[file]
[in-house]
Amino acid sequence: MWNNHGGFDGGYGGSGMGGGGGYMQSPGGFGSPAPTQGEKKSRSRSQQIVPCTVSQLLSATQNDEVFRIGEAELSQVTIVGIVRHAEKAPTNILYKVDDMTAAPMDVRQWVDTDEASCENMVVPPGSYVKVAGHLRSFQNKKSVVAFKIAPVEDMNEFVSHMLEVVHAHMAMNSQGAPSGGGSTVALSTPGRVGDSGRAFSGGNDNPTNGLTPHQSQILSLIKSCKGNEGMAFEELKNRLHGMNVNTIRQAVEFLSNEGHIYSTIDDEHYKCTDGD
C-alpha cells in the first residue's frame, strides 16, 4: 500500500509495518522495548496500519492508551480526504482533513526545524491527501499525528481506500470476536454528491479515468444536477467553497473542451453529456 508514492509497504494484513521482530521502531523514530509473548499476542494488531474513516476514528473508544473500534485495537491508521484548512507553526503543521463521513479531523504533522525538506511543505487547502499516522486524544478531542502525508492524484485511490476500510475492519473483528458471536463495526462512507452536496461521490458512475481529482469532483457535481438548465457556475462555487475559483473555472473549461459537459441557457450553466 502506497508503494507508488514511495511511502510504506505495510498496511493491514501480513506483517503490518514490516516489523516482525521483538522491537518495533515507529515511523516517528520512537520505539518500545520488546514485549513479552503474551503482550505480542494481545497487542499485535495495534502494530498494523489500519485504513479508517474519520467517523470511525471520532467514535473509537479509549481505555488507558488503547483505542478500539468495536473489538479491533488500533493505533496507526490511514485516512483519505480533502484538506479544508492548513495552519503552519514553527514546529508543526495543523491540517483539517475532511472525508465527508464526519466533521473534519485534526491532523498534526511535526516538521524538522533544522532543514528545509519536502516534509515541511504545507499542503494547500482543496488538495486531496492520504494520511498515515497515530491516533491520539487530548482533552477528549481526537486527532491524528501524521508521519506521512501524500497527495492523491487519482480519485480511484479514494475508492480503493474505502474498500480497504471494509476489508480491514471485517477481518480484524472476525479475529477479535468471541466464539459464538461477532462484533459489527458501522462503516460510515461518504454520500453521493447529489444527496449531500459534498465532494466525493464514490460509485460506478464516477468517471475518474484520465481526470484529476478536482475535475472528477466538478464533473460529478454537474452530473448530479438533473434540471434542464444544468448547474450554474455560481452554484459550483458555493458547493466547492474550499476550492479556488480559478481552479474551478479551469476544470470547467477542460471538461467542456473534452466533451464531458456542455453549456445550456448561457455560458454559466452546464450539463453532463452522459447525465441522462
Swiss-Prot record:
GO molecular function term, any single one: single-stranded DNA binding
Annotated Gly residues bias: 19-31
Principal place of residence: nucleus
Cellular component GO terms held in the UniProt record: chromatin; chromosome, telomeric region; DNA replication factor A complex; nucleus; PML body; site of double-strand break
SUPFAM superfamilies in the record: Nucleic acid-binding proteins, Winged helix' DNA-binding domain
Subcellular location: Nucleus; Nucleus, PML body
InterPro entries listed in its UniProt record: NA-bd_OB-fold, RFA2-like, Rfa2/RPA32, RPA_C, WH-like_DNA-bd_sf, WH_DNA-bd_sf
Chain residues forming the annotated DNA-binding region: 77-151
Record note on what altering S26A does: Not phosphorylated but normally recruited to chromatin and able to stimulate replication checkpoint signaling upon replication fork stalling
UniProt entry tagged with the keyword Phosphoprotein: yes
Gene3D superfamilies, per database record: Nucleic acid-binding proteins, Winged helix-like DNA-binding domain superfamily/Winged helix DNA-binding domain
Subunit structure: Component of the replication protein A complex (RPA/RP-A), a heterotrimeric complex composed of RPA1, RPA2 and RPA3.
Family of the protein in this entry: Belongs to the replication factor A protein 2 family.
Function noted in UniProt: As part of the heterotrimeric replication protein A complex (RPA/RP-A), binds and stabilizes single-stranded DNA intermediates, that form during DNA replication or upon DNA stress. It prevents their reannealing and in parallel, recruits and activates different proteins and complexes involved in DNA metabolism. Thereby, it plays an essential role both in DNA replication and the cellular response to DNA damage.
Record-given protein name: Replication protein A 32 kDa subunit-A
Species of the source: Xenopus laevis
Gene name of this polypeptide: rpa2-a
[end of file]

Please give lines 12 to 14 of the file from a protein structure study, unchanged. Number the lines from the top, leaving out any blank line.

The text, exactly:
Chain residues forming the annotated DNA-binding region: 77-151
Record note on what altering S26A does: Not phosphorylated but normally recruited to chromatin and able to stimulate replication checkpoint signaling upon replication fork stalling
UniProt entry tagged with the keyword Phosphoprotein: yes